Adair Crawford

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Drawing of some of Adair Crawford's equipment

Adair Crawford FRS FRSE (1748 – 29 July 1795[1]), a chemist and physician, was a pioneer in the development of calorimetric methods for measuring the specific heat capacity of substances and the heat of chemical reactions. In his influential 1779 book "Experiments and Observations on Animal Heat", Crawford presented new experiments proving that respiratory gas exchange in animals is a combustion (two years after Antoine Lavoisier's influential "On combustion in general"). Crawford also was involved in the discovery of the element strontium.


Adair Crawford was born in Crumlin, Belfast, the son of Rev Thomas Crawford.[2] He studied medicine at Glasgow and Edinburgh universities. He qualified MA in 1770 and then worked at St George's Hospital in London before qualifying MD in 1780. He was Professor of Chemistry at the Royal Military Academy, Woolwich, London, and physician at St Thomas' Hospital, London. He died at Lymington in Hampshire.

It is no coincidence that the titles of his publications usually begin with the word experiments. Crawford let the details of his experiments and their plain results do the talking, and generally refrained from theorising and over-interpretation. He did maintain the later-discredited phlogiston hypothesis, but wasn't doctrinaire about it.

In 1785, Crawford was elected a member of the American Philosophical Society in Philadelphia and the following year, in 1786, he was elected a Fellow of the Royal Society of London.[3][4] In 1787 he was elected a Fellow of the Royal Society of Edinburgh. His proposers were John Playfair, James Hutton, and James Gregory.[5]

He died in Lymington in Hampshire on 29 July 1795.

Calorimetric work[edit]

Crawford's book "Experimental Enquiry into the Effects of Tonics and Other Medicinal Substances on the Cohesion of Animal Fibre", written near the end of his life, offers a very readable presentation of his way of doing chemistry. Here's an example:

With a view to determine the changes which animal fibre might undergo by exposing it to the action of Port wine, six portions of the small intestines of a kitten were taken. Three of these were introduced into a phial, which was nearly filled with Port wine, and closed with a cork; and the remaining three were immersed in water, as a standard. Being placed in a cool situation during three days, the portions in contact with the wine were found to have greater firmness than those that were immersed in the water. The sum of the weights required to break the former was 9 lb. 0 oz.; the sum of those required to break the latter was 7 lb. 4 oz. .... With a view to guard against error in trials of this nature, it is of importance that the portions of the intestine should be as nearly as possible of the same length. They should likewise have nearly the same degree of curvature. For a very curved portion of the intestine is more easily broken than a straight one.... If the trials be frequently repeated, results will be obtained that approach near to the truth.... From the foregoing trials, it appears, that the firmness, elasticity, and strength of the intestines of a kitten are considerably increased by immersing them three days in Port wine. I have found, however, that a much less time than this is sufficient for the wine to produce its full effect. In several experiments a manifest increase of cohesion appeared to have taken place in less than an hour; and after ten hours have elapsed, I believe no farther augmentation is produced.[6]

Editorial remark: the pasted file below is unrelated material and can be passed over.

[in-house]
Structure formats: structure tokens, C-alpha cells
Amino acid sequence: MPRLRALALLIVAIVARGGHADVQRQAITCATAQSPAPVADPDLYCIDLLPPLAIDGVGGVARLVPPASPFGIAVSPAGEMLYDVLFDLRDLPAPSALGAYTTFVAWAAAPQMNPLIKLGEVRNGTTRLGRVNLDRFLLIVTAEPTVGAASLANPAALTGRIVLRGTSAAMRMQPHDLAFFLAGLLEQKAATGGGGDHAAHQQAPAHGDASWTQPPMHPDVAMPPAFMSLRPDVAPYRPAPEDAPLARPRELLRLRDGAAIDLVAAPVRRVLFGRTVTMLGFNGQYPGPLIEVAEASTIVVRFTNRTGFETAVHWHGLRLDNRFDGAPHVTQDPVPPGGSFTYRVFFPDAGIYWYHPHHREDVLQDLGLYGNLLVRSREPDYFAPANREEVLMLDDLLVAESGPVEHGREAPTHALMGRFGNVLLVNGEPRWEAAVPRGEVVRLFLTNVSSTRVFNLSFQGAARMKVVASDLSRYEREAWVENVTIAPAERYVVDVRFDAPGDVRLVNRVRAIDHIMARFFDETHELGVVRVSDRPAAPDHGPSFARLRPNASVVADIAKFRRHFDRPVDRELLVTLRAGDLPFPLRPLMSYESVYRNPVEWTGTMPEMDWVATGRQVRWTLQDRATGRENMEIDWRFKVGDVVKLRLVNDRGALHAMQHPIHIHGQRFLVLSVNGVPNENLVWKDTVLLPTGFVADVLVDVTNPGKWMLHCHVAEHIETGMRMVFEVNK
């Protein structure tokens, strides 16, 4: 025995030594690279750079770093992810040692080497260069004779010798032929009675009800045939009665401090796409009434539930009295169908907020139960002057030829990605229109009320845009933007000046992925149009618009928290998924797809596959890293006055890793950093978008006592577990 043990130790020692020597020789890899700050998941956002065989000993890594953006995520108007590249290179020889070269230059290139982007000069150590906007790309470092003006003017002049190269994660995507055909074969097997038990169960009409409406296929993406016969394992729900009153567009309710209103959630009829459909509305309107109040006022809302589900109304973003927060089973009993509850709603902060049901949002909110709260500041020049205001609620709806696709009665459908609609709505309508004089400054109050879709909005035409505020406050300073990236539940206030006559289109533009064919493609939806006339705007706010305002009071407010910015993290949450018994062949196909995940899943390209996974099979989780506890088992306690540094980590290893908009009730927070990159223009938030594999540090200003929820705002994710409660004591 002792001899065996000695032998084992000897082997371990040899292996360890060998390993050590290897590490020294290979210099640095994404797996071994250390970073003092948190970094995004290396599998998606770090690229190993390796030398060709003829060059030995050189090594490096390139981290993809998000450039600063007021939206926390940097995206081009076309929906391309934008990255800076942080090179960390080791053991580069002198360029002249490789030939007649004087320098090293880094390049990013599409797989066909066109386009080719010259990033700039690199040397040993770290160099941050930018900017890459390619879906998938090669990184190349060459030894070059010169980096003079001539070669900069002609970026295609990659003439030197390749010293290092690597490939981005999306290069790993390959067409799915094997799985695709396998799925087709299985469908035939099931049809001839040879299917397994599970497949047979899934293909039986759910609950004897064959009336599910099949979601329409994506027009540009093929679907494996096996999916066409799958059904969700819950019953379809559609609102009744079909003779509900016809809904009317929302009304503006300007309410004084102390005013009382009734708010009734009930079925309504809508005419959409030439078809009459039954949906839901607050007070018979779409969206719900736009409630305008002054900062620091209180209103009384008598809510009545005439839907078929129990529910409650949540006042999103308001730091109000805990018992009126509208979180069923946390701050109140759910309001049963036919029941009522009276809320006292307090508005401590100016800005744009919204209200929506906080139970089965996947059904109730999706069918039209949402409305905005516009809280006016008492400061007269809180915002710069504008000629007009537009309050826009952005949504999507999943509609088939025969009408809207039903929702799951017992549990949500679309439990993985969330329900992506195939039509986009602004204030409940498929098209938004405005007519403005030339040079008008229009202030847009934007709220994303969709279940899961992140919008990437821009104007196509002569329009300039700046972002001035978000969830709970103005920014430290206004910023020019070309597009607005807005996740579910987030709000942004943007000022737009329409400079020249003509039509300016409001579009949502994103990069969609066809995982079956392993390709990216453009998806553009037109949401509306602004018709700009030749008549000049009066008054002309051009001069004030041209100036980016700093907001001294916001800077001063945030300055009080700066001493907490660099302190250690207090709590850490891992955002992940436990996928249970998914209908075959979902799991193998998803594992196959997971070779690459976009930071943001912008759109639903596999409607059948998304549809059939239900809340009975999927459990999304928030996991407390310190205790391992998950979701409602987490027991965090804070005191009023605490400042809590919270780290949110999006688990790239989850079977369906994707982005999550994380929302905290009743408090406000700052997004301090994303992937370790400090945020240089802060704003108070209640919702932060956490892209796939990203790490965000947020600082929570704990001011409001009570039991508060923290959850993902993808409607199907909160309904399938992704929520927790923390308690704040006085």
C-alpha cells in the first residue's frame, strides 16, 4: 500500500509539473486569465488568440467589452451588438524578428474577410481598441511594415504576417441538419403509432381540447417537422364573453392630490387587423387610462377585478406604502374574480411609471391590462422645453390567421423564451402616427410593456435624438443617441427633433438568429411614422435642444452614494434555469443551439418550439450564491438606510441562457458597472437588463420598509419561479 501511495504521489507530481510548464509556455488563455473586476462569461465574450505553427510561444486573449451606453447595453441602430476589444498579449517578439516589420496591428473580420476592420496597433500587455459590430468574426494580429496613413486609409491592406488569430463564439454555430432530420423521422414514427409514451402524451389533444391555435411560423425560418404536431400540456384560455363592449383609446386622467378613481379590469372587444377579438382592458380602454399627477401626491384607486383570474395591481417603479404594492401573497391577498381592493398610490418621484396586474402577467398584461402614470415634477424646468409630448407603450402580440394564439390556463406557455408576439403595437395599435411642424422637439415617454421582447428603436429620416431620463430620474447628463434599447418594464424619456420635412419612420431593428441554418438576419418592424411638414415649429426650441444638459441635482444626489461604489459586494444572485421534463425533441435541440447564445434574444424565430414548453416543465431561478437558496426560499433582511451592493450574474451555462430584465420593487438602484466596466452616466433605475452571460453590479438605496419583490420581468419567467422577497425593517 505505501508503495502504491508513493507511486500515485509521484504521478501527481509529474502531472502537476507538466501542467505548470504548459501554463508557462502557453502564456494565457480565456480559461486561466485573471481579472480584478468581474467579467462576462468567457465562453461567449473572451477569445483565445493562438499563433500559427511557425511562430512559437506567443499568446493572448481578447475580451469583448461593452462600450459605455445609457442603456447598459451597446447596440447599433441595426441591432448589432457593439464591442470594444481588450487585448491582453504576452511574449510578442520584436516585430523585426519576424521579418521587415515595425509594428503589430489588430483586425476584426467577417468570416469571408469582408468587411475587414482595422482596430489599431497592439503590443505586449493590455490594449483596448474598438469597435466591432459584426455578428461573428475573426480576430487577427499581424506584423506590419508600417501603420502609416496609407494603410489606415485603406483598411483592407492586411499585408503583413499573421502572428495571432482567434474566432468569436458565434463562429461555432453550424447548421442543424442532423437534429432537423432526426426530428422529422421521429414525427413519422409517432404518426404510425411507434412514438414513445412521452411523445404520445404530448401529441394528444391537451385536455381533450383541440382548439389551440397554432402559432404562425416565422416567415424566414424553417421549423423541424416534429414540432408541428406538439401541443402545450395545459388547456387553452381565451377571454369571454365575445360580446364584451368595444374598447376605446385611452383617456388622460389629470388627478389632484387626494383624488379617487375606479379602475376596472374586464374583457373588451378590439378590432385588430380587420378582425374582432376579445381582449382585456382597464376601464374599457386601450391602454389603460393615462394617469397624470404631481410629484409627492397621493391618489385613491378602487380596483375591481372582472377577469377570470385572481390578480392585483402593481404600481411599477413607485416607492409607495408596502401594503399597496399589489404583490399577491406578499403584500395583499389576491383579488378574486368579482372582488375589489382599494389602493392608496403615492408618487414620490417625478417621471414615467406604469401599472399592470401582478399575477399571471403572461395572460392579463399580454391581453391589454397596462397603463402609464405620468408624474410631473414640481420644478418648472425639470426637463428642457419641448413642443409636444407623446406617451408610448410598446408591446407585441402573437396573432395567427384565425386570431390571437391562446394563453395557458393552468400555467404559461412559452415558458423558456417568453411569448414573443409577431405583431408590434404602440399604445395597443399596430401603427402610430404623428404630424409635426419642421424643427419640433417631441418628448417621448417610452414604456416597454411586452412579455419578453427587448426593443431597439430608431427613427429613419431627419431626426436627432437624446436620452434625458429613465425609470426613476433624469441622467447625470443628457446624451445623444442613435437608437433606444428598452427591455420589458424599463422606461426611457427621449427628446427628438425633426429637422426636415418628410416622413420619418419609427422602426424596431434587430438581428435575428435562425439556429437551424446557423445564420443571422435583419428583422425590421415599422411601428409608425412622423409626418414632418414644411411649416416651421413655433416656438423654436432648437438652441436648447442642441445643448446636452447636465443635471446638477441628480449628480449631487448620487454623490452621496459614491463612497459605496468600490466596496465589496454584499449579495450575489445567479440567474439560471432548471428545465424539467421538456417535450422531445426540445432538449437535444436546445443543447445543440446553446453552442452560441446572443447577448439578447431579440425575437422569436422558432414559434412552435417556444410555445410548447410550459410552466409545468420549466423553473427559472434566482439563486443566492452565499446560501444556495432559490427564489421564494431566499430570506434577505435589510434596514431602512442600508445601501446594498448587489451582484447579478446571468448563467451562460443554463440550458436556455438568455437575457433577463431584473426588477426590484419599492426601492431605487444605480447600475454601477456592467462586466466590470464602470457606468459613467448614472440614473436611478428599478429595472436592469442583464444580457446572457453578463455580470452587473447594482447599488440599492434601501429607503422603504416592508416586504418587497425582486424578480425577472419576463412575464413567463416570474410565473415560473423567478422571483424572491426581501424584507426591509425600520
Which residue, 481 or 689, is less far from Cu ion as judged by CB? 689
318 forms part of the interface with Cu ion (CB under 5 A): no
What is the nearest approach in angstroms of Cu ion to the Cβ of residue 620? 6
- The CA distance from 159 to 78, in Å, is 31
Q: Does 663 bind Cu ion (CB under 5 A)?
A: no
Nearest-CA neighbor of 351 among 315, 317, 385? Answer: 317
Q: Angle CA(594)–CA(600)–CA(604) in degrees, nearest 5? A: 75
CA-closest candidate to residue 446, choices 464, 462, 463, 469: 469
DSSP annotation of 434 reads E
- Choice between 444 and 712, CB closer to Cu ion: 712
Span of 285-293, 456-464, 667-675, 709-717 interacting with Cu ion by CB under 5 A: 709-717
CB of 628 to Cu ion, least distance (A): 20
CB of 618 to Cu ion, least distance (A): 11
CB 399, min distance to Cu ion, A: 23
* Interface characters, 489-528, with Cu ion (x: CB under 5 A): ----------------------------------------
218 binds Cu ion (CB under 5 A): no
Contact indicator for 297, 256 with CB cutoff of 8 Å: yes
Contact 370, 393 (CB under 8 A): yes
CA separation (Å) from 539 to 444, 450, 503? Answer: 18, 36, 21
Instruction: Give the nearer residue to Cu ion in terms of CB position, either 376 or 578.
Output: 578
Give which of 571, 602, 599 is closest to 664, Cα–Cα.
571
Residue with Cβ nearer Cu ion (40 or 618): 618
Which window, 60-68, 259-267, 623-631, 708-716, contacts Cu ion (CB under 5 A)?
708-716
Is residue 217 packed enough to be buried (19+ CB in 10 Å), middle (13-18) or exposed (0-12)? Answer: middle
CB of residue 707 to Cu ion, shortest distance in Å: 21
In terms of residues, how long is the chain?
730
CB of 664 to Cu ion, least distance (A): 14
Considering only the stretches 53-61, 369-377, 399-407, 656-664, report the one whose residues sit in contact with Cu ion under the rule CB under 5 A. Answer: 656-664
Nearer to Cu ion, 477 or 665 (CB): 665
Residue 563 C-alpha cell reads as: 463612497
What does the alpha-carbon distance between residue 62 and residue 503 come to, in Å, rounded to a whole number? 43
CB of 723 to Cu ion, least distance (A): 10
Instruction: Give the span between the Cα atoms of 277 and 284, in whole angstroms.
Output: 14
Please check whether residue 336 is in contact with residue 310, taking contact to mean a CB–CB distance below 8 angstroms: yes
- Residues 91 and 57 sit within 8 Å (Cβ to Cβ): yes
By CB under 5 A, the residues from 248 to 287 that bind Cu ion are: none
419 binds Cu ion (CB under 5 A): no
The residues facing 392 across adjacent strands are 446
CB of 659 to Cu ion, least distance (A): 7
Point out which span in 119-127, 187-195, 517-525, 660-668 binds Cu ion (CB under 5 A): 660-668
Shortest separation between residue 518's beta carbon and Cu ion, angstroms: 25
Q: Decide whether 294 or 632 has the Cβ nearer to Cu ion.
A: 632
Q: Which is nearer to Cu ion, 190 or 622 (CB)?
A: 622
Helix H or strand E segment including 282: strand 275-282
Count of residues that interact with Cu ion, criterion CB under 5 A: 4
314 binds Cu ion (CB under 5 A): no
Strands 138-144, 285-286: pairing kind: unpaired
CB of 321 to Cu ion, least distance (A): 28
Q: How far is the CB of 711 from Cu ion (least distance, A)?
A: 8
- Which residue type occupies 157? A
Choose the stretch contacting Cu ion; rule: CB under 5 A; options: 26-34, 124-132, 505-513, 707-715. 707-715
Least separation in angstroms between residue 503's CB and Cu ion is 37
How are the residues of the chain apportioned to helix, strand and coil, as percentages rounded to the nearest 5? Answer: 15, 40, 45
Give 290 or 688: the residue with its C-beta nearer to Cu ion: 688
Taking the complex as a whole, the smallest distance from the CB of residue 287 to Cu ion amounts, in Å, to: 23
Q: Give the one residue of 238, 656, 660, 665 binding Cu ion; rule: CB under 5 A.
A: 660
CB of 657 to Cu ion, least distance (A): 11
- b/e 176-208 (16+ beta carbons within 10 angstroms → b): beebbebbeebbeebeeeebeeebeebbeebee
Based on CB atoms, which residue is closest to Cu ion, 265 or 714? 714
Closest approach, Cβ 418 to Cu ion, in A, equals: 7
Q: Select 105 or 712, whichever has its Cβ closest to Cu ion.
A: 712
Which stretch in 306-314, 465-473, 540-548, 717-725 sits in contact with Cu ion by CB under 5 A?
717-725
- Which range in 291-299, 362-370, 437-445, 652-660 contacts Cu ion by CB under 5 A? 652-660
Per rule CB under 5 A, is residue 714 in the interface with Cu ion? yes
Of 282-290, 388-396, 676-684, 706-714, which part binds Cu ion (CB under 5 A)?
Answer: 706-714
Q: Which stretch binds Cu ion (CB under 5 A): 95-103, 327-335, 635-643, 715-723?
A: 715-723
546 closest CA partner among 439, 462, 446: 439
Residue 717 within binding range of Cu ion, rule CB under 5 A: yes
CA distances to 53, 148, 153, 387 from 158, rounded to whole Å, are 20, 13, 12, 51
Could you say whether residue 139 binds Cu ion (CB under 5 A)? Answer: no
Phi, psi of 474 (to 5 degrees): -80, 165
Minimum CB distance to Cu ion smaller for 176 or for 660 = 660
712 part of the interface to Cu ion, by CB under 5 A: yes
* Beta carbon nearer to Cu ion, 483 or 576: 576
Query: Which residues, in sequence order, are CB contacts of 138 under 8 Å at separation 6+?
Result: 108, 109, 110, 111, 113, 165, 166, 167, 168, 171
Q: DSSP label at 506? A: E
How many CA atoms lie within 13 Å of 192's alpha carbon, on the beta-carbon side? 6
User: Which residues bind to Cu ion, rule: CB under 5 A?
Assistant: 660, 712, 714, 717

Discovery of strontium[edit]

In 1790, along with his colleague William Cruickshank at the Royal Military Academy, Woolwich, London, Crawford noted the distinctiveness of strontianite from barium minerals, and may thereby be said to be the discoverer of strontium. However, it could also be claimed that the honour should go to Humphry Davy who, in 1808, became the first to isolate the pure element.[7][8]

Selected writings[edit]

  • Crawford, Adair (1779). Experiments and Observations on Animal Heat, and the Inflammation of Combustible Bodies. London: Murray.(Second edition 1788)
  • Crawford, Adair (1790). "Experiments and Observations on the Matter of Cancer, and on the Aerial Fluids Extricated from Animal Substances by Distillation and Putrefaction; Together with Some Remarks on Sulphureous Hepatic Air". Philosophical Transactions of the Royal Society of London. 80: 391–426. doi:10.1098/rstl.1790.0026.
  • Crawford, Adair (1816). An Experimental Enquiry into the Effects of Tonics and Other Medicinal Substances on the Cohesion of Animal Fibre. London: G. Hayden. Retrieved 7 February 2008.



  1. ^
  2. ^
  3. ^ "APS Member History". Retrieved 14 December 2020.
  4. ^ "Search Results". Retrieved 14 December 2020.
  5. ^
  6. ^ Crawford, Adair (1816). An Experimental Enquiry into the Effects of Tonics and Other Medicinal Substances on the Cohesion of Animal Fibre. London: G. Hayden.
  7. ^ Weeks, Mary Elvira (1932). "The discovery of the elements: X. The alkaline earth metals and magnesium and cadmium". Journal of Chemical Education. 9 (6): 1046–1057. Bibcode:1932JChEd...9.1046W. doi:10.1021/ed009p1046.
  8. ^ Partington, J.R. (1942). "The early history of strontium". Annals of Science. 5 (2): 157–166. doi:10.1080/00033794200201411.

Further reading[edit]

External links[edit]

  • van der Krogt, Peter. "Strontium". Retrieved 8 February 2008.